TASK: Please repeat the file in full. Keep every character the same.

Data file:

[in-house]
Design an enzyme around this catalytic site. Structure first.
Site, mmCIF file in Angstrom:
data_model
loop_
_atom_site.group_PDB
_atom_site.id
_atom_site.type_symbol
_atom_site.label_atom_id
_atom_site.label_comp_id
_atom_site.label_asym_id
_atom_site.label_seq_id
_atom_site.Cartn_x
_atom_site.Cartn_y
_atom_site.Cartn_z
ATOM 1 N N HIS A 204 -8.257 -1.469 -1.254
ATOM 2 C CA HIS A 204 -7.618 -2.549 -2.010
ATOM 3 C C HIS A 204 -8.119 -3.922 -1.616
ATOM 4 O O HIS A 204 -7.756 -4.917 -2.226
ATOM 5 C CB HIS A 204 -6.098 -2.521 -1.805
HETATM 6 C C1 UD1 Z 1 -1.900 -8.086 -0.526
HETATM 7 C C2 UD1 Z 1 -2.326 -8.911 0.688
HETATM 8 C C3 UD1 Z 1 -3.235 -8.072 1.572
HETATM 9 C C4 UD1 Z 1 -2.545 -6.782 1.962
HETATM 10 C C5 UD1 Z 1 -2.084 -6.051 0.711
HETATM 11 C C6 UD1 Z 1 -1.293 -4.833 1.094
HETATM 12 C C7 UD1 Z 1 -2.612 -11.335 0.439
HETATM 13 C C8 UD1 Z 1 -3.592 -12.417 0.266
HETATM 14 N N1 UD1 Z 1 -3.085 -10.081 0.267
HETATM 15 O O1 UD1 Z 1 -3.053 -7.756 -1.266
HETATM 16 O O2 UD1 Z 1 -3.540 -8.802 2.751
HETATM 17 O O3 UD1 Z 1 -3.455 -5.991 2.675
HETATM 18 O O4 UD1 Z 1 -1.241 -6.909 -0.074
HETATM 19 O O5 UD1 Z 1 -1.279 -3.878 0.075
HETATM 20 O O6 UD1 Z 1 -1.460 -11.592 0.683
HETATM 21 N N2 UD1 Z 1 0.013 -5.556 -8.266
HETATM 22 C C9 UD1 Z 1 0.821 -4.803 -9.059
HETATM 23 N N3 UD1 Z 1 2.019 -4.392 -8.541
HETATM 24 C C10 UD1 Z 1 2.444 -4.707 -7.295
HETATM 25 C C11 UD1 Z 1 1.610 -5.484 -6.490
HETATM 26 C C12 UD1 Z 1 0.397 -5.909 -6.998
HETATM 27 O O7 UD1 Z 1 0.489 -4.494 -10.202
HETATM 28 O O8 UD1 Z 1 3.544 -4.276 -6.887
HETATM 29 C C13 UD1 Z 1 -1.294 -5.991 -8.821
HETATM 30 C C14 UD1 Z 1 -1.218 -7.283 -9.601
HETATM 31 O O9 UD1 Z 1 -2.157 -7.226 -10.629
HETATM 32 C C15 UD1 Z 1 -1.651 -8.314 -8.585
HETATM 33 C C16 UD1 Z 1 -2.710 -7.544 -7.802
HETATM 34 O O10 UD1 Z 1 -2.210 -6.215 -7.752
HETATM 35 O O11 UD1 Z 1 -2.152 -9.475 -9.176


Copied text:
[in-house]
Design an enzyme around this catalytic site. Structure first.
Site, mmCIF file in Angstrom:
data_model
loop_
_atom_site.group_PDB
_atom_site.id
_atom_site.type_symbol
_atom_site.label_atom_id
_atom_site.label_comp_id
_atom_site.label_asym_id
_atom_site.label_seq_id
_atom_site.Cartn_x
_atom_site.Cartn_y
_atom_site.Cartn_z
ATOM 1 N N HIS A 204 -8.257 -1.469 -1.254
ATOM 2 C CA HIS A 204 -7.618 -2.549 -2.010
ATOM 3 C C HIS A 204 -8.119 -3.922 -1.616
ATOM 4 O O HIS A 204 -7.756 -4.917 -2.226
ATOM 5 C CB HIS A 204 -6.098 -2.521 -1.805
HETATM 6 C C1 UD1 Z 1 -1.900 -8.086 -0.526
HETATM 7 C C2 UD1 Z 1 -2.326 -8.911 0.688
HETATM 8 C C3 UD1 Z 1 -3.235 -8.072 1.572
HETATM 9 C C4 UD1 Z 1 -2.545 -6.782 1.962
HETATM 10 C C5 UD1 Z 1 -2.084 -6.051 0.711
HETATM 11 C C6 UD1 Z 1 -1.293 -4.833 1.094
HETATM 12 C C7 UD1 Z 1 -2.612 -11.335 0.439
HETATM 13 C C8 UD1 Z 1 -3.592 -12.417 0.266
HETATM 14 N N1 UD1 Z 1 -3.085 -10.081 0.267
HETATM 15 O O1 UD1 Z 1 -3.053 -7.756 -1.266
HETATM 16 O O2 UD1 Z 1 -3.540 -8.802 2.751
HETATM 17 O O3 UD1 Z 1 -3.455 -5.991 2.675
HETATM 18 O O4 UD1 Z 1 -1.241 -6.909 -0.074
HETATM 19 O O5 UD1 Z 1 -1.279 -3.878 0.075
HETATM 20 O O6 UD1 Z 1 -1.460 -11.592 0.683
HETATM 21 N N2 UD1 Z 1 0.013 -5.556 -8.266
HETATM 22 C C9 UD1 Z 1 0.821 -4.803 -9.059
HETATM 23 N N3 UD1 Z 1 2.019 -4.392 -8.541
HETATM 24 C C10 UD1 Z 1 2.444 -4.707 -7.295
HETATM 25 C C11 UD1 Z 1 1.610 -5.484 -6.490
HETATM 26 C C12 UD1 Z 1 0.397 -5.909 -6.998
HETATM 27 O O7 UD1 Z 1 0.489 -4.494 -10.202
HETATM 28 O O8 UD1 Z 1 3.544 -4.276 -6.887
HETATM 29 C C13 UD1 Z 1 -1.294 -5.991 -8.821
HETATM 30 C C14 UD1 Z 1 -1.218 -7.283 -9.601
HETATM 31 O O9 UD1 Z 1 -2.157 -7.226 -10.629
HETATM 32 C C15 UD1 Z 1 -1.651 -8.314 -8.585
HETATM 33 C C16 UD1 Z 1 -2.710 -7.544 -7.802
HETATM 34 O O10 UD1 Z 1 -2.210 -6.215 -7.752
HETATM 35 O O11 UD1 Z 1 -2.152 -9.475 -9.176